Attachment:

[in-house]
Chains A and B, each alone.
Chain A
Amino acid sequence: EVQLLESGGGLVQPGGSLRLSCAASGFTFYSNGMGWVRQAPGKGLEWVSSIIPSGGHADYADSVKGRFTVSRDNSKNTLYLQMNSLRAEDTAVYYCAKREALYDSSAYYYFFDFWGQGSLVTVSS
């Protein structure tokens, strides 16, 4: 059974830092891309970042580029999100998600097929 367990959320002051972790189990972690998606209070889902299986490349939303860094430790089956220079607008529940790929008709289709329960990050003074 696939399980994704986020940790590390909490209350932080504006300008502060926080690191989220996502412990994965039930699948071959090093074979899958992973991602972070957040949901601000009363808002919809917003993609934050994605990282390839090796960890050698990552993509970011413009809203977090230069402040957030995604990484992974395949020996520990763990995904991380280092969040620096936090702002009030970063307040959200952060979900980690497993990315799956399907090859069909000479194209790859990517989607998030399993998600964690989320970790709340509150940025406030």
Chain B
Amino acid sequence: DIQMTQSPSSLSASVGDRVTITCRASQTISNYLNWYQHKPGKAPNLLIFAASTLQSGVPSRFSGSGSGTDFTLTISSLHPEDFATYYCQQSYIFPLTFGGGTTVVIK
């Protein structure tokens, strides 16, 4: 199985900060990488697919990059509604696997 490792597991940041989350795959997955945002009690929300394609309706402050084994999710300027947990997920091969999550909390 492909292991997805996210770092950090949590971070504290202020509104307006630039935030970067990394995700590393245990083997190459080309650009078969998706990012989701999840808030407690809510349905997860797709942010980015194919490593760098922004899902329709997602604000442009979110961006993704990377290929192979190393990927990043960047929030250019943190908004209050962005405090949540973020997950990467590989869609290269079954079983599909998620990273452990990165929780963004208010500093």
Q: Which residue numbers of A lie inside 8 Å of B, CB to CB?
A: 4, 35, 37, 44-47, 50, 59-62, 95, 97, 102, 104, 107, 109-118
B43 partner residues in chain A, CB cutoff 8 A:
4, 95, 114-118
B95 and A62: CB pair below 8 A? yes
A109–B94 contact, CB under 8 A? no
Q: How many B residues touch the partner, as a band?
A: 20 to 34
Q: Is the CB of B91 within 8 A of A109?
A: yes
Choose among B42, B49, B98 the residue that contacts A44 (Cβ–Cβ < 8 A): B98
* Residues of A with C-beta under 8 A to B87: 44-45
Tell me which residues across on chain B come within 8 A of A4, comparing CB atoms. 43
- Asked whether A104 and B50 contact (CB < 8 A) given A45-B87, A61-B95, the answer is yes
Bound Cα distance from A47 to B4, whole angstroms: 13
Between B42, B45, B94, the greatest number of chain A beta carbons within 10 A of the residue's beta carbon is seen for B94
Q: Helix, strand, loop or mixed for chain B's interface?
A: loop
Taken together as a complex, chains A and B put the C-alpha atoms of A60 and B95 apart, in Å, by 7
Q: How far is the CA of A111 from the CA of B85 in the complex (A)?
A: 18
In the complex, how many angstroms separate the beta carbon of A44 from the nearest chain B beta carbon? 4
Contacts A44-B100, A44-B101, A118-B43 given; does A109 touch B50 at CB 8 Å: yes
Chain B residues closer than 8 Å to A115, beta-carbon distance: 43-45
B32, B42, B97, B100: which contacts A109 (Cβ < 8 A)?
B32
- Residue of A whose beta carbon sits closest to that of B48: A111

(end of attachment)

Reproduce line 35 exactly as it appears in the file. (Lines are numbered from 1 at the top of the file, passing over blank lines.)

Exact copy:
- Residue of A whose beta carbon sits closest to that of B48: A111